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I am learning about imposing structure on the latent variables in autoencoders. In that context I have looked at variational autoencoders (VAEs) and adversarial autoencoders (AAEs). This paper proposes a variation on the (Wasserstein) AAE that can be used on categorical input data.

I have observed in my own data that both VAEs and AAEs struggle when I use mixed or categorical input data. Why can categorical data not be captured by a continuous latent variable after several layers of nonlinear transformations? What kind of distribution would be the prior of choice (e.g. in the paper I linked)? I am having trouble picturing what that means for the latent variable.

Update: I found that the concerns about capturing categorical variables with continuous latent variables is well explained here for PCA, and it also applies to basic linear autoencoders. I assume the argument scales to nonlinear layers as well. I could be wrong but in the paper I linked the latent space is still continuous and the prior gaussian, but we create a map between samples from a normal distribution and the latent space that allows to use the AE as as a generative model. I still have many questions, but wanted to share this in case it is useful to anyone.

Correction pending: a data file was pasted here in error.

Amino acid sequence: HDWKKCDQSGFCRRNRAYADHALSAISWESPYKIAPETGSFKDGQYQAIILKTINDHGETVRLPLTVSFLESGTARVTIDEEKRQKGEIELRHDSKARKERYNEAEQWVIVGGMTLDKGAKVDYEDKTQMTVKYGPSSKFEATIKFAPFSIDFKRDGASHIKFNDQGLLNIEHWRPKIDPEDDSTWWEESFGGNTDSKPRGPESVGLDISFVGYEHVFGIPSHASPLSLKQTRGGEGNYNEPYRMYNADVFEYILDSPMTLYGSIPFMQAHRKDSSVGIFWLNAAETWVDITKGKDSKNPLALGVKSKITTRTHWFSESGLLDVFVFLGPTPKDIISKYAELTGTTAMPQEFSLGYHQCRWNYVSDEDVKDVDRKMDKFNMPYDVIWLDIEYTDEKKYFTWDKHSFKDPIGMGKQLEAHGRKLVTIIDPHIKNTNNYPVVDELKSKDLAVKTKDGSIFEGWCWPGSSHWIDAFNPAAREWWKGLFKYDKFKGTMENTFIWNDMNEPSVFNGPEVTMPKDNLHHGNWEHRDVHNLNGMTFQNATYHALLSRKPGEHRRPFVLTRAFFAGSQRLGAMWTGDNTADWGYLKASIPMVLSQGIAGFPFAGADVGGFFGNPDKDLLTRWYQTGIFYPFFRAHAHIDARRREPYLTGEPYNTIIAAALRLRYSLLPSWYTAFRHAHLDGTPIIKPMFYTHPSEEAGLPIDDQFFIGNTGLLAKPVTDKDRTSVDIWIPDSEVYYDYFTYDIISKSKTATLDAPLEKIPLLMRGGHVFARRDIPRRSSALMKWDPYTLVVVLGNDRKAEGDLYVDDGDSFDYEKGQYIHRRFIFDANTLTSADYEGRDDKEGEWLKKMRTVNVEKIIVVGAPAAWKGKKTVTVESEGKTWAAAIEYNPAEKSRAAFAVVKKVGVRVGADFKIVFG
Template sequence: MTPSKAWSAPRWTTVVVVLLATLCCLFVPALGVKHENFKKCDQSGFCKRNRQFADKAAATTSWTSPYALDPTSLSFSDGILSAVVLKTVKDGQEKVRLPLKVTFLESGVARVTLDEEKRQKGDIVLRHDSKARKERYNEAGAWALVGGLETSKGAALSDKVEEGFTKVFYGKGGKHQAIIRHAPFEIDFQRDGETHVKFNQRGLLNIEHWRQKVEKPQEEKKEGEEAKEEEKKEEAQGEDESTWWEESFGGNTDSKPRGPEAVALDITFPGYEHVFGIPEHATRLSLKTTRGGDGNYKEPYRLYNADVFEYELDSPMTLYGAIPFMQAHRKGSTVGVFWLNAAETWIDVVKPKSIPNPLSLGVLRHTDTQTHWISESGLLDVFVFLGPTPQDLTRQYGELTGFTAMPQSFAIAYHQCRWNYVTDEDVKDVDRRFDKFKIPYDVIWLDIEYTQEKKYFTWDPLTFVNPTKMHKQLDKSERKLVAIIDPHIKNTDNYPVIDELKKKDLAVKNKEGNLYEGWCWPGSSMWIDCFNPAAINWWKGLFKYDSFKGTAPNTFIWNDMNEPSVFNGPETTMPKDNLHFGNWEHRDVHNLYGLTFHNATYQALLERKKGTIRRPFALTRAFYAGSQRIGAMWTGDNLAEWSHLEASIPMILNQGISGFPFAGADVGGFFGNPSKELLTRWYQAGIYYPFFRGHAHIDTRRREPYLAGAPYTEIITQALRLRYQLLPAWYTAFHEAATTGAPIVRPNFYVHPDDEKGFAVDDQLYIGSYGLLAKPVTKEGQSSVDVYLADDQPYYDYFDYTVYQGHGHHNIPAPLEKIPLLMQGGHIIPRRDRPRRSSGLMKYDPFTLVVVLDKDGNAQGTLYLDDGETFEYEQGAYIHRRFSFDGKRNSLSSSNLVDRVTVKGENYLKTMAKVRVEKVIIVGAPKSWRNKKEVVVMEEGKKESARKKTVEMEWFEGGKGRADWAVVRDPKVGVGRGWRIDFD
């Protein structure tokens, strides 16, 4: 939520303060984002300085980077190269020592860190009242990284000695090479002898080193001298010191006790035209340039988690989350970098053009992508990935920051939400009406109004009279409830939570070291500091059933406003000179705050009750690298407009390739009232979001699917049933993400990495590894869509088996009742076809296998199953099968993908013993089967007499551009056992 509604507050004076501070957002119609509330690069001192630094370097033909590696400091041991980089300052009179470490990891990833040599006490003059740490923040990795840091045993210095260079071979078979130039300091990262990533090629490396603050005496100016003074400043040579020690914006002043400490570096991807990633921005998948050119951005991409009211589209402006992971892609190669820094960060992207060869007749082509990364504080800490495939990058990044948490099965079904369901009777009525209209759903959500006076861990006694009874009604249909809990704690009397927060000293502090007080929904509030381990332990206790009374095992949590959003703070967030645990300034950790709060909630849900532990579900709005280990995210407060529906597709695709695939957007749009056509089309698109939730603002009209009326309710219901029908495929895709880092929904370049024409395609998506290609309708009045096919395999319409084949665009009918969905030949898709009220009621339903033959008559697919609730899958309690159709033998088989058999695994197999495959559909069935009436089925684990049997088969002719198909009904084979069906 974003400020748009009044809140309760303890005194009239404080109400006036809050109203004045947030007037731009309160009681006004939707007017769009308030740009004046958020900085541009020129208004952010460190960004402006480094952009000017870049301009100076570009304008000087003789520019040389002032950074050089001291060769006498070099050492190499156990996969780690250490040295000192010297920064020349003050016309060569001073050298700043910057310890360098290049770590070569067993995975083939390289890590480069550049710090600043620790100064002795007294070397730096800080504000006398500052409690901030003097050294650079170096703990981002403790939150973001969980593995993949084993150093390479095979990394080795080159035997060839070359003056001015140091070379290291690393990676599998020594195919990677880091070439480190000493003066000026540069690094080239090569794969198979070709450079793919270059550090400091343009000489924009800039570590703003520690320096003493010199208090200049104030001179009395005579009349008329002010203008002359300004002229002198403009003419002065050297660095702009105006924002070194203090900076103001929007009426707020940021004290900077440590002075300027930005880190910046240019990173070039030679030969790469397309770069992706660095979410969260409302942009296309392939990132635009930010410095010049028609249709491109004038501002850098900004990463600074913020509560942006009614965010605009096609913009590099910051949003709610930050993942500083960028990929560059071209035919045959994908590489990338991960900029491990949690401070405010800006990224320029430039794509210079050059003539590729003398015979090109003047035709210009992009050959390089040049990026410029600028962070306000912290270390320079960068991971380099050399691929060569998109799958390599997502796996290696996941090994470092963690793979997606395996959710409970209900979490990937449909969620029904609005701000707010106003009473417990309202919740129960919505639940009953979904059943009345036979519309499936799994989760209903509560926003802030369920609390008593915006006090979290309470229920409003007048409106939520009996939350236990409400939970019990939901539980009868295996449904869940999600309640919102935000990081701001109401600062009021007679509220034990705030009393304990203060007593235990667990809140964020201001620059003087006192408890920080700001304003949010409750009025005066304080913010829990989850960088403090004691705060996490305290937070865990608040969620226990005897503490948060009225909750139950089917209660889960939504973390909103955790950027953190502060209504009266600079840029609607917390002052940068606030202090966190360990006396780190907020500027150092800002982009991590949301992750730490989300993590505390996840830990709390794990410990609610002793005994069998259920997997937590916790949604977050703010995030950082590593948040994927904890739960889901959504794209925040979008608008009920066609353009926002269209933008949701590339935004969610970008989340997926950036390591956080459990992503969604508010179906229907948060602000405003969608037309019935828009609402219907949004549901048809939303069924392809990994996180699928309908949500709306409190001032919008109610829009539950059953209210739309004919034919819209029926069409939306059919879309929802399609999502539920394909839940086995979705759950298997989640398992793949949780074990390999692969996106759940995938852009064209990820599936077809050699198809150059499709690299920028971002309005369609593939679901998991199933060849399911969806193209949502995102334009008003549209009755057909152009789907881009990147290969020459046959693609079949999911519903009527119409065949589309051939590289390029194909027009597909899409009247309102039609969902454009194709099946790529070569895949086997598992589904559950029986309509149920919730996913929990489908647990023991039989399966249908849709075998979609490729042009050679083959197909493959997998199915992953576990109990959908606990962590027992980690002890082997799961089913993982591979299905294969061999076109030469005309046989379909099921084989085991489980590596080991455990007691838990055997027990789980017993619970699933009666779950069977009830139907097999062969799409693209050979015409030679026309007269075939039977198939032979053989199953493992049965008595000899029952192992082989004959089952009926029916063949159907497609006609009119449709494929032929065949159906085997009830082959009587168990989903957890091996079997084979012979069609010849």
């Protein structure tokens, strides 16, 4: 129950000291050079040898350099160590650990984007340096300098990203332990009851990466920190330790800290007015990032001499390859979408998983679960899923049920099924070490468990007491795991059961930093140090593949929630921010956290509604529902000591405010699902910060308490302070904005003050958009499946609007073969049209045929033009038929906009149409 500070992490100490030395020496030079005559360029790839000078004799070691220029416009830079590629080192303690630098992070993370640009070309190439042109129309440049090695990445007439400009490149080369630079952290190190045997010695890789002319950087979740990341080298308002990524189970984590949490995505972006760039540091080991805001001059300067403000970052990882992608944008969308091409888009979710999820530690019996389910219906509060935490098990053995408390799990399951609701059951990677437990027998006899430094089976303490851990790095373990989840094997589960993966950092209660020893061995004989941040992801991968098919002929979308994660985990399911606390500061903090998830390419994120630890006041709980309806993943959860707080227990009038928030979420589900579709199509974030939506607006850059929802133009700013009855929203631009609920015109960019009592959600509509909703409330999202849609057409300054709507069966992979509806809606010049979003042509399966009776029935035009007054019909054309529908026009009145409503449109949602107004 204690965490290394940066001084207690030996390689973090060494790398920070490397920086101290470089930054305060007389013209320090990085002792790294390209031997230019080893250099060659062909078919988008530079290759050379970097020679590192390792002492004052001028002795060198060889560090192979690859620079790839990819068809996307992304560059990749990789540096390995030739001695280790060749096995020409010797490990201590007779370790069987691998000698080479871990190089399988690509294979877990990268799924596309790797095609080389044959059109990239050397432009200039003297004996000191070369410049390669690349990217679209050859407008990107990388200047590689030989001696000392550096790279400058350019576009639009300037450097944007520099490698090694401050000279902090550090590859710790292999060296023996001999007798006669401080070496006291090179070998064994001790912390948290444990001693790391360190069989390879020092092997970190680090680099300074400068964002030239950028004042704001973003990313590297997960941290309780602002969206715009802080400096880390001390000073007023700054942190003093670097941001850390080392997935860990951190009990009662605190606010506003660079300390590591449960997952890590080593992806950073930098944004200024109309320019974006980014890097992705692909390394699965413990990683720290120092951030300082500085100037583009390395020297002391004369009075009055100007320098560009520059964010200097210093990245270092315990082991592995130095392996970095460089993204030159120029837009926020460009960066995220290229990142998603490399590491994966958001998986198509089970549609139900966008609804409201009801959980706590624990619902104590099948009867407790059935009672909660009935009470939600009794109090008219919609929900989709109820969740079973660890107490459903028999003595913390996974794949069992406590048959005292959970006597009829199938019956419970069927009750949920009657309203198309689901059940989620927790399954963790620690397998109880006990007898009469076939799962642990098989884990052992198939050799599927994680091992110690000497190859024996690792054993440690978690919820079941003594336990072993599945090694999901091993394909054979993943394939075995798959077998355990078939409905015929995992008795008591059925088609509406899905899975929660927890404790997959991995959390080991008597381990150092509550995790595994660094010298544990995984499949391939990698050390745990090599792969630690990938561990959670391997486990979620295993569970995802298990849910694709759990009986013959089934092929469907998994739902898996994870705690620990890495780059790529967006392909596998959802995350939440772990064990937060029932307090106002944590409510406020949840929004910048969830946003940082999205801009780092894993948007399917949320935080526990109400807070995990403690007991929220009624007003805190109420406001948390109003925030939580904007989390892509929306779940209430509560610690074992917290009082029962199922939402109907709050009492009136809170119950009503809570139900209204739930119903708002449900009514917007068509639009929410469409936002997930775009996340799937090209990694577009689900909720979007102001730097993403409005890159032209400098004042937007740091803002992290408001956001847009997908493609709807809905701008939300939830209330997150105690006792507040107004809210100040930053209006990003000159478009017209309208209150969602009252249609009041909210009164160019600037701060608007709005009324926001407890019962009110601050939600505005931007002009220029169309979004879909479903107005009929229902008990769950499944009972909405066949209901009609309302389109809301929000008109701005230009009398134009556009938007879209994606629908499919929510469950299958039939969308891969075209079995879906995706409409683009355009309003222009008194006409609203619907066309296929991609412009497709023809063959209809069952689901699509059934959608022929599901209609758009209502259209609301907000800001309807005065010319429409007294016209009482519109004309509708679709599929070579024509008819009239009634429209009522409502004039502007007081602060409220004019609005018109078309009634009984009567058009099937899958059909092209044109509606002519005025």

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  • $\begingroup$ I don't agree with the arguments in that reddit post. First, using the covariance matrix doesn't mean PCA assumes the data is Gaussian (it doesn't, as it's simply a matrix factorization method and doesn't involve probability distributions). Second, the fact that PCA won't work well for uniformly distributed binary data isn't very compelling--it won't work well for uniformly distributed real data either, for exactly the same reasons. $\endgroup$ – user20160 Dec 5 '18 at 2:46
  • $\begingroup$ Interesting, thanks for this! It sort of made sense to me but I see I'll have to revisit this. $\endgroup$ – Luise Jan 2 at 14:27

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